But in the end, what a director wants to make is a film. Cinema has to move on, to the next line, the next set-up, the next set piece (and also: from the classicism of WHERE IS MY FRIEND'S HOME to the modernism of CLOSE-UP, to the post-modernism of LIFE, AND NOTHING MORE...), and what happens along the way can, in the last instance, never be more than just another stepping stone. This tension probably is present in all of Kiarostami's work, but here its presence makes its full weight felt for the first time, because Kiarostami loosens up the structure. While WHERE IS MY FRIEND'S HOME and CLOSE-UP unwind on their own, self-sufficient terms, here every movement is tinged with arbitrariness. Because there is no outer, filmic reason for the director to drive on, seemingly eternally, on those dusty country roads, the inner ones take over, and the desire for ever more, ever new images can't quite hide its less than benign underpinnings.

A pesar de todo, Gabriela Tagliavini, 2019

The aggressively stupid screenplay tries its best, but in the end I guess no film that much in love with its main actresses (which decidedly is not the same as saying the acting is good), and featuring a scene in which all four of them are getting high in a car while singing along with the radio can't be completely worthless.

(To be sure, this is one extremely stupid movie, even for netflix originals standards. "Despite Everything" really is the only possible line of defense here.

Murder Mystery, Kyle Newacheck, 2019

I just have to call this the better KNIVES OUT, although even I have to admit that it maybe could've used a tiny bit of the latter's strained inventiveness. But then again, Sandler's Europe Trip mostly plays out like a routine entry in one of the lesser 1940s mystery series, meaning that just like in those, narrative ingenuity is much less important than all those wacky character bits generously distributed throughout the runtime. Also, the film surprisingly does get a few interesting shots out of the Monte Carlo setting (like Sandler surrounded by postcards) and Aniston is really good in evoking a decidedly mundane type of relationship fatigue. "You question everything I do!" - "Well, everything you do is questionable".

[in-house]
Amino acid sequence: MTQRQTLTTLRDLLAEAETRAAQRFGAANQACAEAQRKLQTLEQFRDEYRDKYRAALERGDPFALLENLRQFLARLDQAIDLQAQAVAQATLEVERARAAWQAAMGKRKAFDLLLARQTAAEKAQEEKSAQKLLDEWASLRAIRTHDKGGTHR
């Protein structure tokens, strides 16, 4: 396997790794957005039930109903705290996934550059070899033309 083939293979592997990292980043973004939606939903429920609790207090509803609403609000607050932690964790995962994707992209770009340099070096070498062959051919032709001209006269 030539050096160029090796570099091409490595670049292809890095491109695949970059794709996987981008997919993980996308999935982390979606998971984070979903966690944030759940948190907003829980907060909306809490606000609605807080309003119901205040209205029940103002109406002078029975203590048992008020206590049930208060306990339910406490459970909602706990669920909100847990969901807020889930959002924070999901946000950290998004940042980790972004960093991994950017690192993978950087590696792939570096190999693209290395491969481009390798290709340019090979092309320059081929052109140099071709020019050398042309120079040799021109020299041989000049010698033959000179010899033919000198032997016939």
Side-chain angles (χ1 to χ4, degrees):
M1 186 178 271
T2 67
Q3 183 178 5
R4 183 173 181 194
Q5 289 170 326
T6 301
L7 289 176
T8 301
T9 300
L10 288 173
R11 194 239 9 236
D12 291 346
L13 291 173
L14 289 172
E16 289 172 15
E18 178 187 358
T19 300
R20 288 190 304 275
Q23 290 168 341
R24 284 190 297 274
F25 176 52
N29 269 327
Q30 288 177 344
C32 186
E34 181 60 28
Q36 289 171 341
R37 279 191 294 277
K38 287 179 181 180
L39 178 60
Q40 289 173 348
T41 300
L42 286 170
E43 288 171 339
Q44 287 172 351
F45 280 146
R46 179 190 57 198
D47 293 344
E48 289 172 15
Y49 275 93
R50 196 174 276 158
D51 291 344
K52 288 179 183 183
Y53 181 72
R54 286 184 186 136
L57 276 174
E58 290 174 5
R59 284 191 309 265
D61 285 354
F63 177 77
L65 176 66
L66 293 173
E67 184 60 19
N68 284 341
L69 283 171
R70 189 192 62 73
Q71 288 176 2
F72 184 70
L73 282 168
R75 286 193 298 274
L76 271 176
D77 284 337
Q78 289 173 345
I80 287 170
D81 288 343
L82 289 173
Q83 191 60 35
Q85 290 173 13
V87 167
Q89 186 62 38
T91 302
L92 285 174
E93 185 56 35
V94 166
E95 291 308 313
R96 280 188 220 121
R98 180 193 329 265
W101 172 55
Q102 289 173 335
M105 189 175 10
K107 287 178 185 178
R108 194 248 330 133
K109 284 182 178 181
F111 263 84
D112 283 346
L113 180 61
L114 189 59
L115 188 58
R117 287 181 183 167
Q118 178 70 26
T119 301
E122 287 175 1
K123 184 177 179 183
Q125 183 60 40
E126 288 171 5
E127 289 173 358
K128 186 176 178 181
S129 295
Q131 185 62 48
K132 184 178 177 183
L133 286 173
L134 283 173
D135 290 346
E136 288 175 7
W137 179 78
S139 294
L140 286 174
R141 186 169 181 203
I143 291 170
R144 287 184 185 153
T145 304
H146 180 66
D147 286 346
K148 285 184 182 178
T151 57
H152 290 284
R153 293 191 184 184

Jackie Sandler rating: seriously lacking.

Wild Child, Nick Moore, 2008

Struggles quite a bit to maintain the bare minimum of artisanal competence a film like this requires, though in the end it crashes and burns only during a lengthy series of insipid shopping / makeover montages in the middle stretch. Other than that: quite enjoyable, lots of love for the british english bitchiness and Roberts´s over the top performance. Even the romantic arch involving some mostly featureless blond dude has its moments: rubbing thumbs over a photograph. Also, I might like lacrosse now?

Battleship, Peter Berg, 2012

I skipped this back then, and now I guess I shouldn't have, because it is much more interesting than I expected and probably would've benefitted from a big screen quite a bit. Yes, this basically is sub-Bay lens-flare military porn leading into sub-Bay techno-cubist action mayhem, plus Taylor Kitsch is a terribly bland lead ... and still, it has a much more distinctive feel than most recent blockbusters.

A vision of heightened patriotic antirealism, with imagery that looks like filtered through a Stars & Stripes banner. The mundane white trash barroom brawl beginning is quickly discarded with, but the faces remain: some young, open and crude (Jesse Plemons! He should be in every blockbuster!), some old and weathered, some glamourous yet still rather unruly (Rihanna, used exclusively as an added attraction, strictly external to all remnants of narrative economy - they should've at least given her a medal in the end!), all of them heading out towards the sea, where both water and sky become extensions / reflections of technology, elements of the digital sublime which is then projected back onto the faces. Unlike Bay, Berg insists on this: the techno-marvels do not crush, but intensify sensuality, even if only a limited part of it. The world vanishes, and what's left is the duality of pure subjectivity and pure spectacle.